Hiccups in Pakistan-USA relations (also here), including Pres. Bush’s visit to India and Pakistan and Gen. Musharraf’s visit to USA.

Frictions in Pakistan-Afghanistan relations, including the re-rise of Taliban.

The killing of Nawab Akbar Bugti (also here) and the continuing unrest and volatility in Balochistan.

Signs of an impending break-up of the Mutihadda Majlis-i-Amal (MMA), including over the resignation issue.

Positive economic trends, including rise of foreign investments in Pakistan (including for high visibility projects like the Centaurus), strength in some service sectors like telecommunication and banking, etc.

Negative economic trends, including rise in cost of living, inflationary pressures, stock-market controversies, etc.

Continuation of sectarianism and sectarian violence, including various attacks during first part of the year.

The passage of the Womens’ Rights Bill (also, here and here) and related events signifying a change in role of women in society (here, here and here).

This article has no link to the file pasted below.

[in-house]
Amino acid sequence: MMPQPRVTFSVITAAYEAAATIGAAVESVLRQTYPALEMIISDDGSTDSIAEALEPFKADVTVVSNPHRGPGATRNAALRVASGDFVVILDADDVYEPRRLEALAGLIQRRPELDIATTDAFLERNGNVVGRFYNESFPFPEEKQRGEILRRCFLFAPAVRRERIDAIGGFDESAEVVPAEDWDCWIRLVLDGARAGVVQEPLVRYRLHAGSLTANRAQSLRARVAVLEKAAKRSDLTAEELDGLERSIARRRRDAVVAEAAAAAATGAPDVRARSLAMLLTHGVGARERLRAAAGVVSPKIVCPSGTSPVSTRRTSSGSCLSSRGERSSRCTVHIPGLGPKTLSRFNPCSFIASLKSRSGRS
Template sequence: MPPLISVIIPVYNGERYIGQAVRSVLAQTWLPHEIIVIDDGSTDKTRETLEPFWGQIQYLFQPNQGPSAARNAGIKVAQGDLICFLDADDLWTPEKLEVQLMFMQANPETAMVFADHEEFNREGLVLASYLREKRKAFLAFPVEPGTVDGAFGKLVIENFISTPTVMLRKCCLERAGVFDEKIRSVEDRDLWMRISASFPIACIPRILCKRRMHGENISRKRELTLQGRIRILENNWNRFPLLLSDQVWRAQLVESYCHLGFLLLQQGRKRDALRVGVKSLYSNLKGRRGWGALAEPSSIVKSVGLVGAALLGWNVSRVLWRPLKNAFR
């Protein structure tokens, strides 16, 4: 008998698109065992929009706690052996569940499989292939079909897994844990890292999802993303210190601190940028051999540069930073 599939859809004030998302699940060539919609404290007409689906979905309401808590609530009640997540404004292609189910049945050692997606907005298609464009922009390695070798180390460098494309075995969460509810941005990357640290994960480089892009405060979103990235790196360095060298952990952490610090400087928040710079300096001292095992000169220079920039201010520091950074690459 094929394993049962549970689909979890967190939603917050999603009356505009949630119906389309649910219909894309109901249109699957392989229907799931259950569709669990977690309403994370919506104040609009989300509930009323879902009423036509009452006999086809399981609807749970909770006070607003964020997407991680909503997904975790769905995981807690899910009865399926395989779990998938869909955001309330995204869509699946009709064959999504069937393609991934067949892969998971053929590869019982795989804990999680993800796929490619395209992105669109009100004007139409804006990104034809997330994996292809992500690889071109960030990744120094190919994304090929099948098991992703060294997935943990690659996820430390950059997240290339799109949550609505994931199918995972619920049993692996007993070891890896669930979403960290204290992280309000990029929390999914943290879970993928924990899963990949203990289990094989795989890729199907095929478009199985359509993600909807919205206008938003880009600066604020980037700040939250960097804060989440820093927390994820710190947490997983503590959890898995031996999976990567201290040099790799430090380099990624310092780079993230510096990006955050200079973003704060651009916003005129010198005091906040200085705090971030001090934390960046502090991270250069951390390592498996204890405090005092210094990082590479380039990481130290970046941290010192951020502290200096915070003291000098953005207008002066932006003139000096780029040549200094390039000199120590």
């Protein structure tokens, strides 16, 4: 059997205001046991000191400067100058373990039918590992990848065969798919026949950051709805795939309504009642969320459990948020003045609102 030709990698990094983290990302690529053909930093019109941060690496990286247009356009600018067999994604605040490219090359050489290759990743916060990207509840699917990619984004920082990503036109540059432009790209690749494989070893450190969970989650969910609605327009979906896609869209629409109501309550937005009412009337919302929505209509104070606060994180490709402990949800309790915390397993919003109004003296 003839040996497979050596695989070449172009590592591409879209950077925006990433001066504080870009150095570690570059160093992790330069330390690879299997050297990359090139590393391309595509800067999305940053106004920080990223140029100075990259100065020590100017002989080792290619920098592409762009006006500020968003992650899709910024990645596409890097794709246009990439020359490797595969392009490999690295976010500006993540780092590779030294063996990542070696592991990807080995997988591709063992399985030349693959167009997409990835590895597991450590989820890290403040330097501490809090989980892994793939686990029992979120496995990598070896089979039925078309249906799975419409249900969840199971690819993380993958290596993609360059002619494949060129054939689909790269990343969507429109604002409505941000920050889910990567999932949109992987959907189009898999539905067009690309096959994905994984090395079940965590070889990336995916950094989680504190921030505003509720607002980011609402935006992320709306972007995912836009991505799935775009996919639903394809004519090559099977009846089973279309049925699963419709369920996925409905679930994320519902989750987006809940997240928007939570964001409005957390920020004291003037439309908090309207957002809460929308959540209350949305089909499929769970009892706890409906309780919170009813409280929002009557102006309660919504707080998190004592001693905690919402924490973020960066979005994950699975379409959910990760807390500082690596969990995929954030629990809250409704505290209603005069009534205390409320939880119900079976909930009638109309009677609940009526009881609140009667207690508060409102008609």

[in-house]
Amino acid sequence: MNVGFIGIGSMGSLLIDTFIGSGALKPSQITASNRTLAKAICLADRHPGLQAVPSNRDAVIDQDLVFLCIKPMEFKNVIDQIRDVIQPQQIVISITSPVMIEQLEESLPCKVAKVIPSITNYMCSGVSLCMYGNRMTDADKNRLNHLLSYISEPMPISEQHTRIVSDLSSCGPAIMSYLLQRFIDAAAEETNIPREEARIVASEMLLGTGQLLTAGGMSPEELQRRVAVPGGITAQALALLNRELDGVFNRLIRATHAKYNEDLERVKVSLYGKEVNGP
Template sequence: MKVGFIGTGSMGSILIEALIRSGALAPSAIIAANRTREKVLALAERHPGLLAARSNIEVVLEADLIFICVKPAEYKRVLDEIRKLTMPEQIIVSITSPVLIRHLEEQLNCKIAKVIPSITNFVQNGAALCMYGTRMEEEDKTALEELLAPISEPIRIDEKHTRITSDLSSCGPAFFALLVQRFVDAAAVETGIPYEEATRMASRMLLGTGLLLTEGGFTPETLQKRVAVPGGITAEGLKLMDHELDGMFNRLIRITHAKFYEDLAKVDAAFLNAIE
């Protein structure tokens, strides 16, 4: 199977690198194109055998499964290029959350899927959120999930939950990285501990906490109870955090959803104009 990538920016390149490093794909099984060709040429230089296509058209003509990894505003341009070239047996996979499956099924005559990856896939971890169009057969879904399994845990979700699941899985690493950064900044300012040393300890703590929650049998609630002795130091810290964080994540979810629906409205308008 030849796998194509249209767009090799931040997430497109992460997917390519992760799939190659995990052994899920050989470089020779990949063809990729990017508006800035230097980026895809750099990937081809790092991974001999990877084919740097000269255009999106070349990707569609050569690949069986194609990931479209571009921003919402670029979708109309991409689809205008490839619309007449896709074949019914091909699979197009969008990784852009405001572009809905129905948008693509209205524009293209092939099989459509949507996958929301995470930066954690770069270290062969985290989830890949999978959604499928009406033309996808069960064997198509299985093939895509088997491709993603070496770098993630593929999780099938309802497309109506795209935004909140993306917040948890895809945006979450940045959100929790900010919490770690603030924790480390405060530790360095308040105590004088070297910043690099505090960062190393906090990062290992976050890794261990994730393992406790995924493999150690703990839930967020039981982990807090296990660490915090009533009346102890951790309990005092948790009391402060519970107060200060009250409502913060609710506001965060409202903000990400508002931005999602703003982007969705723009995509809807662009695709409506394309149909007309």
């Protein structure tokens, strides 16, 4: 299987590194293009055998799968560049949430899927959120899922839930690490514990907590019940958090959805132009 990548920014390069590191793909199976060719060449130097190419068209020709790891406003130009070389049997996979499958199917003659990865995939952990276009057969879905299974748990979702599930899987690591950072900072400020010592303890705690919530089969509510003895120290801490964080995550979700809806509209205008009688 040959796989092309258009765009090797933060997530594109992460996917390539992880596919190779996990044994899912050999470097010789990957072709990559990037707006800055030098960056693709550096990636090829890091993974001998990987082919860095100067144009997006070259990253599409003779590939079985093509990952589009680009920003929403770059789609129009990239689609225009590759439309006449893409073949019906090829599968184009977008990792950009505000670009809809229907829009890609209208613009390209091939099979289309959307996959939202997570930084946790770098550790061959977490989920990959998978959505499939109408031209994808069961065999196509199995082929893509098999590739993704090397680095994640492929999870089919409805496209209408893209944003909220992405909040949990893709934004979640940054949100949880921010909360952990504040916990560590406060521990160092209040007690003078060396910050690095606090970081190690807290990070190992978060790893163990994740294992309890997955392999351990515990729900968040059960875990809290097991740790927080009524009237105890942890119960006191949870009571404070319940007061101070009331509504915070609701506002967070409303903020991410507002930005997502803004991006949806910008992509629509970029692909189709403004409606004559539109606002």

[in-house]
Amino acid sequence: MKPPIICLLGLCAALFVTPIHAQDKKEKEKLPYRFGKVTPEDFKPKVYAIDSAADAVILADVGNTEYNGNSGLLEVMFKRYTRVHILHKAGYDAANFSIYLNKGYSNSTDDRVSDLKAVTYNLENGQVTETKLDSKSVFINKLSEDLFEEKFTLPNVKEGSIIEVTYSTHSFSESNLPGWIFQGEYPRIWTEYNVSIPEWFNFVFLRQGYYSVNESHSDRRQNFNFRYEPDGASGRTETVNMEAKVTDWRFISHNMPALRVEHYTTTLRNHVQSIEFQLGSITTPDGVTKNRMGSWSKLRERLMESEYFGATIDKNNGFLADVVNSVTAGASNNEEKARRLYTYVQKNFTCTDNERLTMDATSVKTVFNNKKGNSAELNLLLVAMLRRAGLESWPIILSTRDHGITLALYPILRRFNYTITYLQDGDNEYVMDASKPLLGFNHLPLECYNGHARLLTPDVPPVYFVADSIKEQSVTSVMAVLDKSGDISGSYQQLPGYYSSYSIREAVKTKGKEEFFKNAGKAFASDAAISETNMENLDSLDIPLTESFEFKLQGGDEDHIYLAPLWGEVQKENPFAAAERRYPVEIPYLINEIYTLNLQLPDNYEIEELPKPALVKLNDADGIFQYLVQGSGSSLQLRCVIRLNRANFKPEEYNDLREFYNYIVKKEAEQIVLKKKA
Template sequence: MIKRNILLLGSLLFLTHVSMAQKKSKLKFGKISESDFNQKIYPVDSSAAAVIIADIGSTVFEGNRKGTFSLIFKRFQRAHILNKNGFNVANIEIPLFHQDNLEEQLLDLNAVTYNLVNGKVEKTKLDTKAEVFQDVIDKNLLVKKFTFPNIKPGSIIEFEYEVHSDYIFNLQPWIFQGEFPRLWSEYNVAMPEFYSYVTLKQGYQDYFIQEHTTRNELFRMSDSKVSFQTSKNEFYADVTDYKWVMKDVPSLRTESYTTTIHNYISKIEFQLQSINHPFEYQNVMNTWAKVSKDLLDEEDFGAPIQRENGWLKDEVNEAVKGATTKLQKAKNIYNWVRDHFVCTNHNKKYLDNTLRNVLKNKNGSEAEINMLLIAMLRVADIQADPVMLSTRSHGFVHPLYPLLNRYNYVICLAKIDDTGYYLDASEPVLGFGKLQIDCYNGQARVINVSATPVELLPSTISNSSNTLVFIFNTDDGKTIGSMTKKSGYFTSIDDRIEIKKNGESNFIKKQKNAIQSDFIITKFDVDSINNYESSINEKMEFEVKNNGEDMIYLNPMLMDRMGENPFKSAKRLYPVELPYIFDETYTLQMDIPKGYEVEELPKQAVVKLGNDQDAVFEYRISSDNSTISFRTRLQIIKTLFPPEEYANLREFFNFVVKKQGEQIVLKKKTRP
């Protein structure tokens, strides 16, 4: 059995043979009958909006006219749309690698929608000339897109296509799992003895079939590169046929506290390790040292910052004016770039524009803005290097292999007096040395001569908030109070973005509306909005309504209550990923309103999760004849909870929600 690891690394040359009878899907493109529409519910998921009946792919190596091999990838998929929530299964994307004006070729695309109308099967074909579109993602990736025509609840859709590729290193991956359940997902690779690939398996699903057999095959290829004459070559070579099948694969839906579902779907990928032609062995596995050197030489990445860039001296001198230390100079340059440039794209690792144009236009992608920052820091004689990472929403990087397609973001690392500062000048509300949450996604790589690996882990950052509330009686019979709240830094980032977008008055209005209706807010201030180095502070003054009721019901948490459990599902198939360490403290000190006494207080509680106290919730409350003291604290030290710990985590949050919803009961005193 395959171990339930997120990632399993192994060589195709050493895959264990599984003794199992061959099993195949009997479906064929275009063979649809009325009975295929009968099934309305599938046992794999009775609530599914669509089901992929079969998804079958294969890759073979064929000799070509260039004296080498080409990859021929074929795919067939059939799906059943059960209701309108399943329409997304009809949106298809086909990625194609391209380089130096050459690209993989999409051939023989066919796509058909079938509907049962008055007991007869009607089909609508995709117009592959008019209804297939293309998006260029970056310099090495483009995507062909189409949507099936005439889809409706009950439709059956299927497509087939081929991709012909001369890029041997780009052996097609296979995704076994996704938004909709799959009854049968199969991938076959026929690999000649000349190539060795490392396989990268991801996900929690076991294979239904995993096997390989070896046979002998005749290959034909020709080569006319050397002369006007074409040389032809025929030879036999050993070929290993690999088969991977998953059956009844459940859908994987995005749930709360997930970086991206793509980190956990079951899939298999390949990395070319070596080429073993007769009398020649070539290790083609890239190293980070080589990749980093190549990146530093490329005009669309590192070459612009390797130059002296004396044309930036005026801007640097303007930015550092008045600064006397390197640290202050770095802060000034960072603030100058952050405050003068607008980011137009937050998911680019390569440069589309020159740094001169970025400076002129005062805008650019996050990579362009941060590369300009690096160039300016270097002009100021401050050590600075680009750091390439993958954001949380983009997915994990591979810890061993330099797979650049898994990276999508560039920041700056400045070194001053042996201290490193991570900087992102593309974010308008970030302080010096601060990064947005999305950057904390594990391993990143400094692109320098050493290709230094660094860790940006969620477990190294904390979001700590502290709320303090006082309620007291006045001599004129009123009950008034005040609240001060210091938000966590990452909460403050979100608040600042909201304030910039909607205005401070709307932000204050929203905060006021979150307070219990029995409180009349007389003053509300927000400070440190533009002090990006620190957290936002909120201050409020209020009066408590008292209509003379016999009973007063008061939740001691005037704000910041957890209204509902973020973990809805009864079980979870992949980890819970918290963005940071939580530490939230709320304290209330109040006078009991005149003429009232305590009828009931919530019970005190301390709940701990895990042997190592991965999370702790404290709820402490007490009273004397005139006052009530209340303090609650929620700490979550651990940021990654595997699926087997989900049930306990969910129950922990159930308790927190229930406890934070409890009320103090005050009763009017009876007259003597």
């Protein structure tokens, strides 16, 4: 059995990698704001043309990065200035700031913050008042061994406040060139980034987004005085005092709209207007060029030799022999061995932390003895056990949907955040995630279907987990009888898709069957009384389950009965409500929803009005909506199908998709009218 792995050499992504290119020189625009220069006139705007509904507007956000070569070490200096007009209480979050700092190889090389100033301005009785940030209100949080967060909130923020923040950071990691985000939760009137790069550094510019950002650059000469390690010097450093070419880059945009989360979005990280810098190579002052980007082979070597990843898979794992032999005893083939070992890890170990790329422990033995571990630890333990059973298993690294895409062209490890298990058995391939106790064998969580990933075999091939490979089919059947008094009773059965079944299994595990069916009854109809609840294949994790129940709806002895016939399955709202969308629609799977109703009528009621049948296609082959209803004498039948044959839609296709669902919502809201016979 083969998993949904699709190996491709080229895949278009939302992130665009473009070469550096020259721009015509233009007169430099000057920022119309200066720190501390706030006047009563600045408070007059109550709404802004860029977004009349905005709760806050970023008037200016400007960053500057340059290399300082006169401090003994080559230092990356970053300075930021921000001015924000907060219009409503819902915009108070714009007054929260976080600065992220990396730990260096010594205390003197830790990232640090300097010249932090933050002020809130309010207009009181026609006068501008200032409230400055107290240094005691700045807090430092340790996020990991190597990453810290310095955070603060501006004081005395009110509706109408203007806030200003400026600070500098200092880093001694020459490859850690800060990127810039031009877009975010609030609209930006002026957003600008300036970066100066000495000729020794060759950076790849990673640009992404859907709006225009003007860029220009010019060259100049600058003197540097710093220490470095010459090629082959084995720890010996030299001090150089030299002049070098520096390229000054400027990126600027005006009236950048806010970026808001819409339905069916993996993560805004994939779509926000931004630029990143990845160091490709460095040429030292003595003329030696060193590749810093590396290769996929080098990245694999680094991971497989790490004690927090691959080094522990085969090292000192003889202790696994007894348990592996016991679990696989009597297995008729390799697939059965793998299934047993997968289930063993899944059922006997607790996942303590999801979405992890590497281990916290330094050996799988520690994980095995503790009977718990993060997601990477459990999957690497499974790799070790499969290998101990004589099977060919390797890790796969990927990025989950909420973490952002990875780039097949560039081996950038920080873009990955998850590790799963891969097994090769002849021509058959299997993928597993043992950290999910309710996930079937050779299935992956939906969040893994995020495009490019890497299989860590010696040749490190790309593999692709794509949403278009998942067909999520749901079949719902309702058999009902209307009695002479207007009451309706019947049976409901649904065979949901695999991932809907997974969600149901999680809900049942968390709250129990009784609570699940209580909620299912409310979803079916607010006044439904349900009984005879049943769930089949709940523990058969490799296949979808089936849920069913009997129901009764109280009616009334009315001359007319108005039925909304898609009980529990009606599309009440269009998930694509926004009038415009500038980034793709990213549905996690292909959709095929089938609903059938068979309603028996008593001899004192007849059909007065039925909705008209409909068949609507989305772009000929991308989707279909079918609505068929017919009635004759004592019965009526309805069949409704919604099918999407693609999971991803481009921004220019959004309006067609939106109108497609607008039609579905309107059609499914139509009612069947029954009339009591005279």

Changes being brought into education curriculum and other educational reform, including how other communities and religions are portrayed within historical and other texts.

If you do want to influence the results, please, by all means ask your friends to also vote. Feel welcome to use the ‘Email’ button at the very top to send to your friends.

Voting is anonymous; as it should be. This is, of course, not be a very scientific poll, but it will at least give us a sense of what this community � the ATP cohort � thinks. Do vote, but please vote only once (even if you are smart enough to beat the system somehow).

47 responses to “ATP Poll: What Will be the Impacts of 2006?”

  1. Ghalib says: